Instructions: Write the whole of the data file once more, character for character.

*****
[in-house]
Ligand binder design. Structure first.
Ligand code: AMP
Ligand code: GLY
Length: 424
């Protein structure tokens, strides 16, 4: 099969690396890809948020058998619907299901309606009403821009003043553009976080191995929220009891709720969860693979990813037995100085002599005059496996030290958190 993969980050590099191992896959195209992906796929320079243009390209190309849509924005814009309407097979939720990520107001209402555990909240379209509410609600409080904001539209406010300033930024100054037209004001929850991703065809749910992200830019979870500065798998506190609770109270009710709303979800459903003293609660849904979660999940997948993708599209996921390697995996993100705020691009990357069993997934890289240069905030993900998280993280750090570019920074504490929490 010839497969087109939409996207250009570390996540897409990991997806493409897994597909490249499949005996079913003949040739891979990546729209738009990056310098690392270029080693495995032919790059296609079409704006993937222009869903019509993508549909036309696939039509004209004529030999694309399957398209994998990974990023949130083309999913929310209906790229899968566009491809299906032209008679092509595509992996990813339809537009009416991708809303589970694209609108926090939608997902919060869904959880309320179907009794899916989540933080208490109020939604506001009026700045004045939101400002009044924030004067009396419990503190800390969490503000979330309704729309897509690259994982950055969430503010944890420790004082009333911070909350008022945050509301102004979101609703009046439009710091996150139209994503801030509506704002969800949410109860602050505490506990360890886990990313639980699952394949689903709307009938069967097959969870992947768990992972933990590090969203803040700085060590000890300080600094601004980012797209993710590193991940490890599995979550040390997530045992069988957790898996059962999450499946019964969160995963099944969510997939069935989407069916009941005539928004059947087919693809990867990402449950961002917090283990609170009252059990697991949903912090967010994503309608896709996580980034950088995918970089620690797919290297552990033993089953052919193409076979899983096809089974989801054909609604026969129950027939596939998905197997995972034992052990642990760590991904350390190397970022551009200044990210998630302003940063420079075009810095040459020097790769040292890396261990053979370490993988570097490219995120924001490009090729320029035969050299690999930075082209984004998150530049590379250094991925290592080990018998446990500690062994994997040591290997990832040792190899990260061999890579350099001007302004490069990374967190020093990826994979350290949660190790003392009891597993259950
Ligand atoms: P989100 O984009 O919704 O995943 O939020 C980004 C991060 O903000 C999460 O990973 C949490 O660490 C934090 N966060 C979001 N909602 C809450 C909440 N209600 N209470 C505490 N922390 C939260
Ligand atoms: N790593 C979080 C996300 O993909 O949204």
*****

[in-house]
Ligand binder design. Structure first.
Ligand code: AMP
Ligand code: GLY
Length: 424
């Protein structure tokens, strides 16, 4: 099969690396890809948020058998619907299901309606009403821009003043553009976080191995929220009891709720969860693979990813037995100085002599005059496996030290958190 993969980050590099191992896959195209992906796929320079243009390209190309849509924005814009309407097979939720990520107001209402555990909240379209509410609600409080904001539209406010300033930024100054037209004001929850991703065809749910992200830019979870500065798998506190609770109270009710709303979800459903003293609660849904979660999940997948993708599209996921390697995996993100705020691009990357069993997934890289240069905030993900998280993280750090570019920074504490929490 010839497969087109939409996207250009570390996540897409990991997806493409897994597909490249499949005996079913003949040739891979990546729209738009990056310098690392270029080693495995032919790059296609079409704006993937222009869903019509993508549909036309696939039509004209004529030999694309399957398209994998990974990023949130083309999913929310209906790229899968566009491809299906032209008679092509595509992996990813339809537009009416991708809303589970694209609108926090939608997902919060869904959880309320179907009794899916989540933080208490109020939604506001009026700045004045939101400002009044924030004067009396419990503190800390969490503000979330309704729309897509690259994982950055969430503010944890420790004082009333911070909350008022945050509301102004979101609703009046439009710091996150139209994503801030509506704002969800949410109860602050505490506990360890886990990313639980699952394949689903709307009938069967097959969870992947768990992972933990590090969203803040700085060590000890300080600094601004980012797209993710590193991940490890599995979550040390997530045992069988957790898996059962999450499946019964969160995963099944969510997939069935989407069916009941005539928004059947087919693809990867990402449950961002917090283990609170009252059990697991949903912090967010994503309608896709996580980034950088995918970089620690797919290297552990033993089953052919193409076979899983096809089974989801054909609604026969129950027939596939998905197997995972034992052990642990760590991904350390190397970022551009200044990210998630302003940063420079075009810095040459020097790769040292890396261990053979370490993988570097490219995120924001490009090729320029035969050299690999930075082209984004998150530049590379250094991925290592080990018998446990500690062994994997040591290997990832040792190899990260061999890579350099001007302004490069990374967190020093990826994979350290949660190790003392009891597993259950
Ligand atoms: P989100 O984009 O919704 O995943 O939020 C980004 C991060 O903000 C999460 O990973 C949490 O660490 C934090 N966060 C979001 N909602 C809450 C909440 N209600 N209470 C505490 N922390 C939260
Ligand atoms: N790593 C979080 C996300 O993909 O949204």